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I have an array of items like so:

@items = [
  {price: 12, quantity:1}, 
  {price: 4, quantity:1}, 
  {price: 8, quantity:1}

And I am looking for something like this:

sumPrice: ->
  @items.sum (item) -> item.price * item.quantity

Or anything as close as possible to this, that makes it super-easy for everyone reading the code to understand whats happening.

So far I came up with:

sumPrice: ->
   ( (a) -> a.price * a.quantity).reduce (a, b) -> a + b
  • contains too much functional magic
  • loses descriptiveness


sumPrice: ->
   sum = 0
   for item in items
     sum += item.price * item.quantity
  • which can be understood by novice JS/Coffee programmers
  • feels a bit stupid

I love CoffeeScript so I hope there is a nicer solution to this & similar scenarios that I miss.

share|improve this question
up vote 10 down vote accepted

If you want to express the solution as @items.sum (item) -> item.price * item.quantity you can add a sum method to Array:

Array::sum = (fn = (x) -> x) ->
  @reduce ((a, b) -> a + fn b), 0

sum = @items.sum (item) -> item.price * item.quantity

Notice that i'm passing 0 as the initial value of reduce so the fn callback is called for every array value.

If you don't like extending the builtin objects, i guess you could express the sum as a single reduce elegantly if you extract the logic of calculating the total price for a single array item in its own function:

itemPrice = (item) -> item.price * item.quantity

sum = items.reduce ((total, item) -> total + itemPrice item), 0
share|improve this answer
Thanks for the implementation of sum! – hakunin Dec 19 '12 at 15:53
@hakunin You're welcome. BTW, i forgot to mention that sum has the identity function as the default parameter so you can sum a list of numbers easily [3, -4, 5].sum() :) – epidemian Dec 19 '12 at 16:02
I like the "named function" approach, makes the code much cleaner and self-documenting than a big pile of callbacks. I might go one step further and add another one so that I could sumPrices = (t, i) -> t + itemPrice(i); sum = items.reduce(sumPrices, 0). – mu is too short Dec 19 '12 at 16:46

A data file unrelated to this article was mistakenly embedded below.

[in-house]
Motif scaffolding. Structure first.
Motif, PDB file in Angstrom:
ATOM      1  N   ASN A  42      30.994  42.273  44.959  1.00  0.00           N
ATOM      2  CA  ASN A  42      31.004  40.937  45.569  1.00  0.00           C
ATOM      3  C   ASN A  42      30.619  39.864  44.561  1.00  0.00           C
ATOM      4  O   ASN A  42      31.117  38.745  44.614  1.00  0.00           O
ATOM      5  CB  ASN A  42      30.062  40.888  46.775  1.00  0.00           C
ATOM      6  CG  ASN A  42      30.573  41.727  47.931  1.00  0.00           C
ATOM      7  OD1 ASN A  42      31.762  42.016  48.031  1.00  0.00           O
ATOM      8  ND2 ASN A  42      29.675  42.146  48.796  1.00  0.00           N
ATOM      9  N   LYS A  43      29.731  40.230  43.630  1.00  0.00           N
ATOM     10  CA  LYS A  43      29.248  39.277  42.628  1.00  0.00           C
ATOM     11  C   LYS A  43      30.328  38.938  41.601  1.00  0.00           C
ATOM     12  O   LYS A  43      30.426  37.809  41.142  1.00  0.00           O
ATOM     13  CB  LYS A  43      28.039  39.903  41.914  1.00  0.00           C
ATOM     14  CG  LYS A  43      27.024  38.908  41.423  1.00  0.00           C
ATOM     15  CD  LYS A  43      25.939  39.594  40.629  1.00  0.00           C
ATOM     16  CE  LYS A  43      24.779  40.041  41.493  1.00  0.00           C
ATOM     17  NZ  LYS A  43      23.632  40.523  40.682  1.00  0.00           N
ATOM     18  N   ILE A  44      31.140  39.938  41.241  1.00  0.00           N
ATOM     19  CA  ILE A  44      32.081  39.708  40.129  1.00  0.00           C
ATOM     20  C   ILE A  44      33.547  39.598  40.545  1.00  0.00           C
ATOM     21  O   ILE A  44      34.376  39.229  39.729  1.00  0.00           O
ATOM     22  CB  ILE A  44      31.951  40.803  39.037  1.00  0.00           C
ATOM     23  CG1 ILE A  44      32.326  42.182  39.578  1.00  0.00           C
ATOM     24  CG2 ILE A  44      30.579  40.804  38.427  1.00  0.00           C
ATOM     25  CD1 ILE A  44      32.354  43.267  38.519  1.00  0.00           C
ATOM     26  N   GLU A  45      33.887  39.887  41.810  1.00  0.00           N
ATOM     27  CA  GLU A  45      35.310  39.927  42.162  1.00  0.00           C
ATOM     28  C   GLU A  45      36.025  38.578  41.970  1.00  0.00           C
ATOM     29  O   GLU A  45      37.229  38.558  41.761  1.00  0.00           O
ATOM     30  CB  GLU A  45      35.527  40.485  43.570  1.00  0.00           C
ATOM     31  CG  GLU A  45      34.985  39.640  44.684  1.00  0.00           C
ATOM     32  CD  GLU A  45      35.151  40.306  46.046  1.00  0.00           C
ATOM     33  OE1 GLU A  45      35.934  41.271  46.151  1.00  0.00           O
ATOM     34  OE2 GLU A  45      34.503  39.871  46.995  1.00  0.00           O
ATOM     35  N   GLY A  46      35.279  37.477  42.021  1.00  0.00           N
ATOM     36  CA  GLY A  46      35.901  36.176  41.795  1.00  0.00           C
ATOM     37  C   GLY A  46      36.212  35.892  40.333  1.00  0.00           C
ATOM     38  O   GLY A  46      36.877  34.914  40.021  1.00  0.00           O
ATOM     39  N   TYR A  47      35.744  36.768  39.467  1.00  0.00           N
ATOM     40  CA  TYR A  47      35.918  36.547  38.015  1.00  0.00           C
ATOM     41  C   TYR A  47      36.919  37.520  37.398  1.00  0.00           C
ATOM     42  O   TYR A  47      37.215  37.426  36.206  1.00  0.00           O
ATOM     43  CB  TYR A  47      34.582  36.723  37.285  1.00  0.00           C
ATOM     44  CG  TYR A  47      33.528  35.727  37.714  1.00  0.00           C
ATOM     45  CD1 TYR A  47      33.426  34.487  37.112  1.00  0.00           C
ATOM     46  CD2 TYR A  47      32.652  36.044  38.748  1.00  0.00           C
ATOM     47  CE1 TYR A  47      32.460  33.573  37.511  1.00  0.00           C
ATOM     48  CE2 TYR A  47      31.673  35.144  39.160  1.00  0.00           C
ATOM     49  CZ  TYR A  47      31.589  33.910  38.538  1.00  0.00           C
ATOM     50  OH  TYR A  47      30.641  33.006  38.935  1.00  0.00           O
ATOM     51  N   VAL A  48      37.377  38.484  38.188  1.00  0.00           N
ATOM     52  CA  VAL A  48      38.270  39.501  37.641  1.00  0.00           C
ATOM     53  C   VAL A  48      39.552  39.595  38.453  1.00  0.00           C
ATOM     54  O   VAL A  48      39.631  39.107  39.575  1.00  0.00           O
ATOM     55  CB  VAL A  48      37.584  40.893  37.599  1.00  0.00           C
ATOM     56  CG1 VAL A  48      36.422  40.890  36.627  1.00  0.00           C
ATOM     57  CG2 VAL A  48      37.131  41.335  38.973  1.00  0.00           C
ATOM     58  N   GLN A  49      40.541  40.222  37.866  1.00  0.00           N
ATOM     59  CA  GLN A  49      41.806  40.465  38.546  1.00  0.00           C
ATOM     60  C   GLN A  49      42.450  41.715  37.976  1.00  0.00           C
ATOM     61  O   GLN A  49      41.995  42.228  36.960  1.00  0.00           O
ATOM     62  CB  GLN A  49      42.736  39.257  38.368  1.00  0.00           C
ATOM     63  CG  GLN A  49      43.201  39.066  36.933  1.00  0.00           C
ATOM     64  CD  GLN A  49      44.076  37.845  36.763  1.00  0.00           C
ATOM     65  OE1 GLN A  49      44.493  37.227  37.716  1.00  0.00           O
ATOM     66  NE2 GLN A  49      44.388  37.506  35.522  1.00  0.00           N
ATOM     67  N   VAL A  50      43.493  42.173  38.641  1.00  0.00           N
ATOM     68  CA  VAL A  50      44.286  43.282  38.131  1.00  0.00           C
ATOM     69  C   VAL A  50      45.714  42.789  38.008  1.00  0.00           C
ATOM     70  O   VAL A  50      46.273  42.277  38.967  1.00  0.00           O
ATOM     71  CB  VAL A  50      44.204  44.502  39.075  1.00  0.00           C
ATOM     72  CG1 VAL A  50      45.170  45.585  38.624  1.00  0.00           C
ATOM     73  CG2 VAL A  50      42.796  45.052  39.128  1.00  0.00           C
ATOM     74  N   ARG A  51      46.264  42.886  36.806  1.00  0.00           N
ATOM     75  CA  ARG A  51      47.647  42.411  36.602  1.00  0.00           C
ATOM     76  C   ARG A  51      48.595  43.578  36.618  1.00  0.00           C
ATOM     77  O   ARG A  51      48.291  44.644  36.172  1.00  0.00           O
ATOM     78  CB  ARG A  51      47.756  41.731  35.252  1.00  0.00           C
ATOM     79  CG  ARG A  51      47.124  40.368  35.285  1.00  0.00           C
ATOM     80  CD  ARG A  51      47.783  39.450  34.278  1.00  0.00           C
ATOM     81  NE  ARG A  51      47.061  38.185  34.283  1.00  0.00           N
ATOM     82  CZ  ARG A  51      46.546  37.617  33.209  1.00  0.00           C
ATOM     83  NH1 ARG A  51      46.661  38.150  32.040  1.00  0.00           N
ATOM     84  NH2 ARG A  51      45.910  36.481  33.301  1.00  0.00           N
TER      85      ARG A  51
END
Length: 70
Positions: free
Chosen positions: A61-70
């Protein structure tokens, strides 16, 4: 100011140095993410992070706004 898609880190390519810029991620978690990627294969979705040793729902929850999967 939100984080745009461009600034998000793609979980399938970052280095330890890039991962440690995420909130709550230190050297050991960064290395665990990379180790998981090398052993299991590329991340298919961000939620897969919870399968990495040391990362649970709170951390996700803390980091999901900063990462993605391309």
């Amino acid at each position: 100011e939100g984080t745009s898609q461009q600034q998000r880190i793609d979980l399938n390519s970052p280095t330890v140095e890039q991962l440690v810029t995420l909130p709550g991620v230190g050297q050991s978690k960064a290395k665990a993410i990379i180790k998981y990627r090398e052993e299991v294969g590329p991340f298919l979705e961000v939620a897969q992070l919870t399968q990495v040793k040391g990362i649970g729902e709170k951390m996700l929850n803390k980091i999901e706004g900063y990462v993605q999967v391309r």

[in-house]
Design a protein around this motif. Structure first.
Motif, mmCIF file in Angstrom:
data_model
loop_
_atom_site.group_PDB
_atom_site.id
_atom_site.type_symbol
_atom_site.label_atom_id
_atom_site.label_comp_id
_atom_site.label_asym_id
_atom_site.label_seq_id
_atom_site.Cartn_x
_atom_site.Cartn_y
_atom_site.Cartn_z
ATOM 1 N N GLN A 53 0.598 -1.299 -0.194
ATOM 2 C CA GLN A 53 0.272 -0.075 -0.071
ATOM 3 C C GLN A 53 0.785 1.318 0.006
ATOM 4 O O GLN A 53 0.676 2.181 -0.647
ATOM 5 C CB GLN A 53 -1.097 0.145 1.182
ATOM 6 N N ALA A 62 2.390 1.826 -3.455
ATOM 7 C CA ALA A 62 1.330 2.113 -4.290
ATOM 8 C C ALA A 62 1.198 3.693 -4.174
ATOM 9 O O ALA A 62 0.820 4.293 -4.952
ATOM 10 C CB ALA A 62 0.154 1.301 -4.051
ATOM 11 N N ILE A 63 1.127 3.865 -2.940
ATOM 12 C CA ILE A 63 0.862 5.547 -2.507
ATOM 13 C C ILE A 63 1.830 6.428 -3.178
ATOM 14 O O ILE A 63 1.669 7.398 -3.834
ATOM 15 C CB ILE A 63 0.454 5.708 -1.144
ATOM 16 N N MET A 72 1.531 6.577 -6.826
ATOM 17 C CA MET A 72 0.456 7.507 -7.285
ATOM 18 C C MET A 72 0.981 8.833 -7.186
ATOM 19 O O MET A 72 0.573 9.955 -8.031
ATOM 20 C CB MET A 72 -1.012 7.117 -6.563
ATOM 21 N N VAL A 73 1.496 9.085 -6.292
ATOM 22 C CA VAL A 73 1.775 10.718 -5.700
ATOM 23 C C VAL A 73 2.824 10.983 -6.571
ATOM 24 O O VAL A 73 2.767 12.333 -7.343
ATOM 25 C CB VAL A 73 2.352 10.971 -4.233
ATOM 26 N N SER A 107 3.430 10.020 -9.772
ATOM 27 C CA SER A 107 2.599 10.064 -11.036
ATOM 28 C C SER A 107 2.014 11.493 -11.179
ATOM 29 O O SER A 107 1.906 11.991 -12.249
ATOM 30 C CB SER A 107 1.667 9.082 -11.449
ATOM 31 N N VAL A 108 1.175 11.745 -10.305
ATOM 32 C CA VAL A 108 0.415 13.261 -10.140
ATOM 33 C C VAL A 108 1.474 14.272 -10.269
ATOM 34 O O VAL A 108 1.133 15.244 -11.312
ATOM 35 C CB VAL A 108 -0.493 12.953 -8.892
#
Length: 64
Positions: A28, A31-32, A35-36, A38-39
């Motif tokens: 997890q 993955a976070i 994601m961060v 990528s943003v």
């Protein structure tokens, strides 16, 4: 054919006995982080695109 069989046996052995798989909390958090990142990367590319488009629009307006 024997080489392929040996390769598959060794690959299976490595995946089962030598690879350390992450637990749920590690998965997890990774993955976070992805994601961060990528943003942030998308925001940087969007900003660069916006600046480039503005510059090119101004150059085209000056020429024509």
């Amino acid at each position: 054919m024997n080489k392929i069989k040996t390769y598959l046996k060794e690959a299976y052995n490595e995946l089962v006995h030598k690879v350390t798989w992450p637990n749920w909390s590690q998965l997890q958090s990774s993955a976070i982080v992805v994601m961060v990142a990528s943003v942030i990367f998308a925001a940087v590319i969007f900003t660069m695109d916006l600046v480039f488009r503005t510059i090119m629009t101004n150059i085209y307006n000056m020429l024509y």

Thanks for the tip on passing in the initial value! – dubilla Feb 3 '14 at 15:08

Functional style is not so bad. CoffeeScript allows you to prettify your code like this:

  .map (item) ->
    item.price * item.quantity
  .reduce (x,y) ->

This code is easier for understanding than your one-liner.

If you don't like map you can use for instead. Like this:

(for item in items
  item.price * item.quantity)
  .reduce (x,y)->x+y

Or like this:

prods = for item in items
  item.price * item.quantity
prods.reduce (x,y)->x+y

Or you can add your own sum() method for arrays:

Array::sum = -> @reduce (x,y)->x+y
(item.price * item.quantity for item in items).sum()
share|improve this answer
The functional re-indentation looks good. I think I am keeping the dumb one though. If no one comes with nicer way to write it until tomorrow, I am accepting your answer, thanks! – hakunin Dec 19 '12 at 14:38
It's ALL ABOUT the last one... [1,2,3,4].sum() ## -> 10 – alex gray Oct 11 '15 at 9:45

You can use destructuring to simplify the code slightly:

sumPrice: ->
    sum = 0
    sum += price * quantity for {price, quantity} in @items

I don't think there's any way to get rid of the explicit initialization of sum. While Coffeescript's for loop syntax tends to help simplify code that would otherwise use map(), it doesn't really have anything analogous that simplifies reduce()-type operations, which is what sumPrice is doing here.

As mentioned in the comments, one advantage this solution has over a call to reduce() or sum() is that it avoids the overhead of creating and repeatedly calling a function.

share|improve this answer
Besides readability, another reason I believe this answer is superiour to the functional ones is that this compiles down to a simple for loop which is faster and better on memory than the functional approaches. It may not matter for your situation, but I personally find it even more readable so to me, it's the best of both worlds. – Larry Maccherone Dec 19 '12 at 22:51
sum = 0
value = (item) ->
  item.price * item.quantity
sum += value(item) for item in @items
share|improve this answer

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